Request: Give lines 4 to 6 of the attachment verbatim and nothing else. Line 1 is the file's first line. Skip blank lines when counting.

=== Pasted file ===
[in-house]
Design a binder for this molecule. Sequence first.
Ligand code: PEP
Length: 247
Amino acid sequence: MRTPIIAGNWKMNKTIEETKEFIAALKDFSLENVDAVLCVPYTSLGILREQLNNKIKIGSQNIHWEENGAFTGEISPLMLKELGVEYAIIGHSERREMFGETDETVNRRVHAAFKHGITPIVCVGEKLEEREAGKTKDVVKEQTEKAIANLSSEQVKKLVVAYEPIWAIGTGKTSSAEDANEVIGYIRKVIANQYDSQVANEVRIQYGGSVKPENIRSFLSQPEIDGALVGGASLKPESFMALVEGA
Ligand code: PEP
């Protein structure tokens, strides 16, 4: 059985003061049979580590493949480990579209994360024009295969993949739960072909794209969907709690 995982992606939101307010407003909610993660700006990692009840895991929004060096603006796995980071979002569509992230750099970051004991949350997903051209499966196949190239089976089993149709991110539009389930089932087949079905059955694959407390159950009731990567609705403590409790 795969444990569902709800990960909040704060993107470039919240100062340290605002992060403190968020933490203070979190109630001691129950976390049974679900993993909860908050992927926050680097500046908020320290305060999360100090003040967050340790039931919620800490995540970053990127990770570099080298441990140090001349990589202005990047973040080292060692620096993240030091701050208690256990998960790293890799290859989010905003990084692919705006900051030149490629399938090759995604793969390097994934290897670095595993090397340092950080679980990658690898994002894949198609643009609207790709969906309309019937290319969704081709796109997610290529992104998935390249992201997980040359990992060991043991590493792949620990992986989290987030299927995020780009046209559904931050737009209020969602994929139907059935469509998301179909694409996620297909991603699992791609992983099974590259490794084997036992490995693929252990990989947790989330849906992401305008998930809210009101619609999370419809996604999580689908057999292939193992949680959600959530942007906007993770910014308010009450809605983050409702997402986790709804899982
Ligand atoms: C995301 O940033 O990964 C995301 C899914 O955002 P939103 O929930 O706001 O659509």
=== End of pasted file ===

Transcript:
Length: 247
Amino acid sequence: MRTPIIAGNWKMNKTIEETKEFIAALKDFSLENVDAVLCVPYTSLGILREQLNNKIKIGSQNIHWEENGAFTGEISPLMLKELGVEYAIIGHSERREMFGETDETVNRRVHAAFKHGITPIVCVGEKLEEREAGKTKDVVKEQTEKAIANLSSEQVKKLVVAYEPIWAIGTGKTSSAEDANEVIGYIRKVIANQYDSQVANEVRIQYGGSVKPENIRSFLSQPEIDGALVGGASLKPESFMALVEGA
Ligand code: PEP